The value of this investment is, in large part, pharmaceutical companies being able to demonstrate that they have nothing to hide. Yet, understanding of companies’ commitment to data sharing is currently limited, and the diversity of platforms and rules is unlikely to help.

A recent meeting of Open Pharma identified the need to specify and communicate the underlying data-sharing principles to which different pharmaceutical companies are signing up. Now, the latest Good Pharma Scorecard has done just that.

Starting with the landmark Institute of Medicine guidelines, Jennifer Miller and colleagues worked with diverse stakeholders to develop what are essentially the criteria for good data-sharing practice.

The outcome is that, for the first time this year, the Good Pharma Scorecard included an assessment of data sharing. To score 100%, pharmaceutical companies had to have a publicly available data-sharing policy that

(a) allows access to the analysis-ready dataset and associated clinical study report,

(b) explains how the data can be requested,

(c) reports the number and outcomes of data requests,

(d) states a deadline for sharing data of no longer than 18 months after trial completion or 6 months after regulatory approval (whichever is later).

To be compliant, companies also needed to have registered 100% of their trials on a registry.

Overall, the median score for data sharing was 80%, and four of the top 20 pharmaceutical companies scored 100%. Looking at the criteria individually, 18 of the top 20 companies have a data-sharing policy meeting criteria (a) and (b). However, only 10 reported the number and outcome of data requests (c) and only five set a deadline for data sharing that met the Good Pharma Scorecard view of best practice (d).


We can see from the Good Pharma Scorecard and other sources that pharmaceutical companies have data-sharing policies in place. Other studies have investigated how widely shared data are used.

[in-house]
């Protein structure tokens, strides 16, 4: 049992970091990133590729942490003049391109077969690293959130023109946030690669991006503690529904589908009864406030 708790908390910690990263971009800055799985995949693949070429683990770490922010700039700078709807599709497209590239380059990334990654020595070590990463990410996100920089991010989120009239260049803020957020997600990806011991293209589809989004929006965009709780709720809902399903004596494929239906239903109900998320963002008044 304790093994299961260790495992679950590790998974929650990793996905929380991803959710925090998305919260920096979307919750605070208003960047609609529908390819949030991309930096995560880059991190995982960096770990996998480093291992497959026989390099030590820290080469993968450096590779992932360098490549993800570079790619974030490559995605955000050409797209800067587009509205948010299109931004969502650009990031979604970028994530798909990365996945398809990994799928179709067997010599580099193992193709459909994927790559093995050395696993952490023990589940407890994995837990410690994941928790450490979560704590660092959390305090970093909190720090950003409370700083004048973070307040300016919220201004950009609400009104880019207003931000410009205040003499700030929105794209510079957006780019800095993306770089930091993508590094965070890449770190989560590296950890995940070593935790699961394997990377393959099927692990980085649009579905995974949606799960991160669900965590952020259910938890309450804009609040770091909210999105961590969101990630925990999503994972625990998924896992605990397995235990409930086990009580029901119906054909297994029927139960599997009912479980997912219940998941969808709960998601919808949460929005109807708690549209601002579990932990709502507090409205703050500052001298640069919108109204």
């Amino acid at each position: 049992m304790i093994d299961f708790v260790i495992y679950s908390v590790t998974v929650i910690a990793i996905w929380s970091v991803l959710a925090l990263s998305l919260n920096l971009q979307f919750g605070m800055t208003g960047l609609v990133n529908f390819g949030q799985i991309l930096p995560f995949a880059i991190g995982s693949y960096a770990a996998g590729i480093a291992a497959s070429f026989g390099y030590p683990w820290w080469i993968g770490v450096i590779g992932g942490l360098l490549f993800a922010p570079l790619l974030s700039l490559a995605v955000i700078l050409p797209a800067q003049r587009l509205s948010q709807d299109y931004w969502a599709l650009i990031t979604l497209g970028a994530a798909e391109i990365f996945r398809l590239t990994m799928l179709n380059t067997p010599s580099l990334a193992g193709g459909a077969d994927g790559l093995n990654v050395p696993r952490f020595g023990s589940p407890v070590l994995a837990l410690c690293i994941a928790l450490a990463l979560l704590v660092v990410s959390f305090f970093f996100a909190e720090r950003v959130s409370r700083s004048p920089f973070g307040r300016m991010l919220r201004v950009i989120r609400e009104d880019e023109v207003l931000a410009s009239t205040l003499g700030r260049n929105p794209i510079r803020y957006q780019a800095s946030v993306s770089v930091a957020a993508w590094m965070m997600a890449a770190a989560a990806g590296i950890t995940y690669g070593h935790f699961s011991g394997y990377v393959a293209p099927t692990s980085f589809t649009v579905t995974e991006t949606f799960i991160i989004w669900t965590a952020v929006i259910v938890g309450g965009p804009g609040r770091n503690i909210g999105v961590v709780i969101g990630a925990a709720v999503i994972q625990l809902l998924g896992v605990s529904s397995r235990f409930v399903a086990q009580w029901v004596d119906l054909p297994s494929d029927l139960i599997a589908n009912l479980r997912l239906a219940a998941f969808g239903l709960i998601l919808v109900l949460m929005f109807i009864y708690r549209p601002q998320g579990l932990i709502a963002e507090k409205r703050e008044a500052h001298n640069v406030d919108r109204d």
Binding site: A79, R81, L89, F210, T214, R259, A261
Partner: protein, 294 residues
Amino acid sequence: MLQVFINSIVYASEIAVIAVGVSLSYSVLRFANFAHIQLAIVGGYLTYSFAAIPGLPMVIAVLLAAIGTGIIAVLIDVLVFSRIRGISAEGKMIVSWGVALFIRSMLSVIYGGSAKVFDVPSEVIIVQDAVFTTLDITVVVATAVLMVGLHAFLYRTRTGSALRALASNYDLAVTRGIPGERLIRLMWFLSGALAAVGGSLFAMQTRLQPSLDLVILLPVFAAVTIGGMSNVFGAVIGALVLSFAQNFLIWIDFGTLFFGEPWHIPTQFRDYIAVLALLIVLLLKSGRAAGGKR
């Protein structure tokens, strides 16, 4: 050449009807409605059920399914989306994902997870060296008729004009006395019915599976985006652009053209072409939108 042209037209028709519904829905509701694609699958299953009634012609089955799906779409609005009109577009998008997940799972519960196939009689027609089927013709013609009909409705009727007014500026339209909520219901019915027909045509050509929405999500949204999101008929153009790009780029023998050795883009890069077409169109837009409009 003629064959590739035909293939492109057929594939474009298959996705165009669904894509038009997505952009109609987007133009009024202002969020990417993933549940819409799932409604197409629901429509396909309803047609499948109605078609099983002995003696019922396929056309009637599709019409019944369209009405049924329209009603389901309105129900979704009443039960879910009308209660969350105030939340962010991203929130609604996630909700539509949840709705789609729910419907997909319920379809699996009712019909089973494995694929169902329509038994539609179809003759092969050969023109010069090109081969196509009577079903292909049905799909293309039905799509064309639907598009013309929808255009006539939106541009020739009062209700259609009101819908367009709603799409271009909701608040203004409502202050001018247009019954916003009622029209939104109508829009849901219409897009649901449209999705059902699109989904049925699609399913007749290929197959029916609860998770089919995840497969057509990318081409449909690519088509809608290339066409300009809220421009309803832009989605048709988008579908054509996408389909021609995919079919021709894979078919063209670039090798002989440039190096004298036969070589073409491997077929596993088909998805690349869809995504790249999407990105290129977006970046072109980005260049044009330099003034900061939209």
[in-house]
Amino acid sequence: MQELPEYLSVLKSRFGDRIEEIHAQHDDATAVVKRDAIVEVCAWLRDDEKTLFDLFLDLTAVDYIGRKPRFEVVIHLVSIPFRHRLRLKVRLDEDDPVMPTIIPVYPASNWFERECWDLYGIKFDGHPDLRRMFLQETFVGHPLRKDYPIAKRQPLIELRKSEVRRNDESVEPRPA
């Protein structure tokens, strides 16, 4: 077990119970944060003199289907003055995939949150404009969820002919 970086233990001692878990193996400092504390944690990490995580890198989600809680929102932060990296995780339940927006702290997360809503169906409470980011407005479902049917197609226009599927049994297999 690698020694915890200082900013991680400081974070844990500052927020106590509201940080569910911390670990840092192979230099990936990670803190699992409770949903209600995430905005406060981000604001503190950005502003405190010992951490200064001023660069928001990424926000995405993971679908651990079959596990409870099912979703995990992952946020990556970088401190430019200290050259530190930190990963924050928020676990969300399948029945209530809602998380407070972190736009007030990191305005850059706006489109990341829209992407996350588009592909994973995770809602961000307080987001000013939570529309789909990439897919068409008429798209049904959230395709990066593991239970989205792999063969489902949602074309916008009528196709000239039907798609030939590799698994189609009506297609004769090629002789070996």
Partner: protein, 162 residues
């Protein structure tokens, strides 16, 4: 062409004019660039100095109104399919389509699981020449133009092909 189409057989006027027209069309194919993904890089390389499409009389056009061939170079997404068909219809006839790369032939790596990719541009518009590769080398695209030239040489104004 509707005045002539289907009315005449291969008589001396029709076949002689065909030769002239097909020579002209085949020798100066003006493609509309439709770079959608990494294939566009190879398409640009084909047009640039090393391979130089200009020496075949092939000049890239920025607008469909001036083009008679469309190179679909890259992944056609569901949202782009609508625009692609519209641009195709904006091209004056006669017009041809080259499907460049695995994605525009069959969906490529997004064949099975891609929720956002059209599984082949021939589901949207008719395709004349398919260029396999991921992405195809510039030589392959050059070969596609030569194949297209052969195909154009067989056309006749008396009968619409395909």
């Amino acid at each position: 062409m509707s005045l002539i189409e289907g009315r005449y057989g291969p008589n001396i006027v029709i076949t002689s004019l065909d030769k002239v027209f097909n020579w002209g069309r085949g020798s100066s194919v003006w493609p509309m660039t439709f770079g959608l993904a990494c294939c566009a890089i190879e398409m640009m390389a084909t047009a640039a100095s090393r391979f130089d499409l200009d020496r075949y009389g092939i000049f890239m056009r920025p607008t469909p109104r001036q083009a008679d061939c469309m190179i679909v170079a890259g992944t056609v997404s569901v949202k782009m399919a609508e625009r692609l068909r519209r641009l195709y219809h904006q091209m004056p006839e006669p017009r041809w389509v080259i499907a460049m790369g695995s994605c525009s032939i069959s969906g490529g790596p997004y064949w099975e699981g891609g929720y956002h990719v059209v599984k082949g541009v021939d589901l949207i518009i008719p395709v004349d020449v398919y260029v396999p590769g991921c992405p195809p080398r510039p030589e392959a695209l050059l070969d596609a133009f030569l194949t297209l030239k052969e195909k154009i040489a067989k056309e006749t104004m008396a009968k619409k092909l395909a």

Although most requests for data sharing are approved, the use of shared data has been limited to a small number of individual patient data meta-analyses and pooled analyses, with very few replication analyses undertaken to confirm the original findings.

Furthermore, of 177 approved analyses of shared data, only one led to a full publication. In light of the tremendous infrastructure required, in the words of one editorial, “Is the juice worth the squeeze?

[TranspariMED comment: For a recent high profile example of data sharing, see the recently published meta-analysis of systemic corticosteroids for critically ill patients with Covid-19.]


It remains to be seen what impact industry’s investment in data sharing and open access will have on confidence in industry-funded research and, indeed, on human health.

Concerns about reidentification mean that managed access to individual patient data remains essential. In July 2019, researchers at Imperial College London demonstrated the ease with which almost any pseudonymized patient can been reidentified from just 15 characteristics.

However, perhaps my biggest concern is that the hot topic of data sharing may distract attention from trial reporting. Although the pharmaceutical industry is now performing well, academia is lagging well behind.

Unless trials are reported in a peer-reviewed publication or registry entry, no one will know that they have data available for sharing. It would be a tragedy if efforts to push forward the frontier of transparency diverted attention from the timely reporting of clinical trials.

Note: This guest blog was written by Chris Winchester, CEO of Oxford PharmaGenesis, a company that manages communications for pharmaceutical industry clients. The opinions expressed here are his own, and TranspariMED has not independently verified the data cited in his blog. TranspariMED does not receive funding from Oxford PharmaGenesis or any other commercial source.